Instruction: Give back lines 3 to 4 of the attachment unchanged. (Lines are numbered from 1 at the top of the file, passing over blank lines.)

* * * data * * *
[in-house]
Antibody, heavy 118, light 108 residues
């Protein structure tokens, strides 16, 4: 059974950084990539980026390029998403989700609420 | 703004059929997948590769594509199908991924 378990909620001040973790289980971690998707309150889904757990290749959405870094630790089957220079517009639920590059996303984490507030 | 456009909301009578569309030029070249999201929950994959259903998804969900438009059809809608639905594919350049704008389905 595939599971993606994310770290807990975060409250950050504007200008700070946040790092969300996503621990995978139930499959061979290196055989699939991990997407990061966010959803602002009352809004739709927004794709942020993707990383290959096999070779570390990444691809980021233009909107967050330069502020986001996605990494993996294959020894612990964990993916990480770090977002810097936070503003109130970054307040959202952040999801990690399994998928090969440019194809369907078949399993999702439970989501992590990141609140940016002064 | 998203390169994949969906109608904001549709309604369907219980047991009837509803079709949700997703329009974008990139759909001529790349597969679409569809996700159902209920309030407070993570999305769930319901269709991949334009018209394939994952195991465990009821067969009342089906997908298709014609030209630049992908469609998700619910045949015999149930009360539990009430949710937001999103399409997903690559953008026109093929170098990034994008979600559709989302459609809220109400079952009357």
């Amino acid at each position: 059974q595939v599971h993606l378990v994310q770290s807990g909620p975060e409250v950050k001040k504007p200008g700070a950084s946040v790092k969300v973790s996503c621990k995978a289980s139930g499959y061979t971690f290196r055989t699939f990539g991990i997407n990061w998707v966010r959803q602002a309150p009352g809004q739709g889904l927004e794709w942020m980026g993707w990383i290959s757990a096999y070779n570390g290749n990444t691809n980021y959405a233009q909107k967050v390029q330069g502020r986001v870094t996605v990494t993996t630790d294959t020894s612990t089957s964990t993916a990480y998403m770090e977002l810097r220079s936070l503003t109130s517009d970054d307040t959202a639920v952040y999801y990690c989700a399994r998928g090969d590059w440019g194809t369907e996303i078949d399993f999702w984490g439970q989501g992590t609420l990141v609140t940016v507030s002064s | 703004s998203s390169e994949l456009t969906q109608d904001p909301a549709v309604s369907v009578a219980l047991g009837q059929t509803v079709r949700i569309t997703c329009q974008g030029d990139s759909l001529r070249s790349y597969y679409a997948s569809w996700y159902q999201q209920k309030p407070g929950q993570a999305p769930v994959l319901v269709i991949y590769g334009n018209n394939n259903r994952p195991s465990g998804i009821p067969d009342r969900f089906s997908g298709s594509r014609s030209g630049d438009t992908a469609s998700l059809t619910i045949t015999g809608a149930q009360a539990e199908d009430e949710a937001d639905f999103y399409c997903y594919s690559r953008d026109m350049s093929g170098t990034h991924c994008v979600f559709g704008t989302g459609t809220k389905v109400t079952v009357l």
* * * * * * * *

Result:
């Protein structure tokens, strides 16, 4: 059974950084990539980026390029998403989700609420 | 703004059929997948590769594509199908991924 378990909620001040973790289980971690998707309150889904757990290749959405870094630790089957220079517009639920590059996303984490507030 | 456009909301009578569309030029070249999201929950994959259903998804969900438009059809809608639905594919350049704008389905 595939599971993606994310770290807990975060409250950050504007200008700070946040790092969300996503621990995978139930499959061979290196055989699939991990997407990061966010959803602002009352809004739709927004794709942020993707990383290959096999070779570390990444691809980021233009909107967050330069502020986001996605990494993996294959020894612990964990993916990480770090977002810097936070503003109130970054307040959202952040999801990690399994998928090969440019194809369907078949399993999702439970989501992590990141609140940016002064 | 998203390169994949969906109608904001549709309604369907219980047991009837509803079709949700997703329009974008990139759909001529790349597969679409569809996700159902209920309030407070993570999305769930319901269709991949334009018209394939994952195991465990009821067969009342089906997908298709014609030209630049992908469609998700619910045949015999149930009360539990009430949710937001999103399409997903690559953008026109093929170098990034994008979600559709989302459609809220109400079952009357």
């Amino acid at each position: 059974q595939v599971h993606l378990v994310q770290s807990g909620p975060e409250v950050k001040k504007p200008g700070a950084s946040v790092k969300v973790s996503c621990k995978a289980s139930g499959y061979t971690f290196r055989t699939f990539g991990i997407n990061w998707v966010r959803q602002a309150p009352g809004q739709g889904l927004e794709w942020m980026g993707w990383i290959s757990a096999y070779n570390g290749n990444t691809n980021y959405a233009q909107k967050v390029q330069g502020r986001v870094t996605v990494t993996t630790d294959t020894s612990t089957s964990t993916a990480y998403m770090e977002l810097r220079s936070l503003t109130s517009d970054d307040t959202a639920v952040y999801y990690c989700a399994r998928g090969d590059w440019g194809t369907e996303i078949d399993f999702w984490g439970q989501g992590t609420l990141v609140t940016v507030s002064s | 703004s998203s390169e994949l456009t969906q109608d904001p909301a549709v309604s369907v009578a219980l047991g009837q059929t509803v079709r949700i569309t997703c329009q974008g030029d990139s759909l001529r070249s790349y597969y679409a997948s569809w996700y159902q999201q209920k309030p407070g929950q993570a999305p769930v994959l319901v269709i991949y590769g334009n018209n394939n259903r994952p195991s465990g998804i009821p067969d009342r969900f089906s997908g298709s594509r014609s030209g630049d438009t992908a469609s998700l059809t619910i045949t015999g809608a149930q009360a539990e199908d009430e949710a937001d639905f999103y399409c997903y594919s690559r953008d026109m350049s093929g170098t990034h991924c994008v979600f559709g704008t989302g459609t809220k389905v109400t079952v009357l």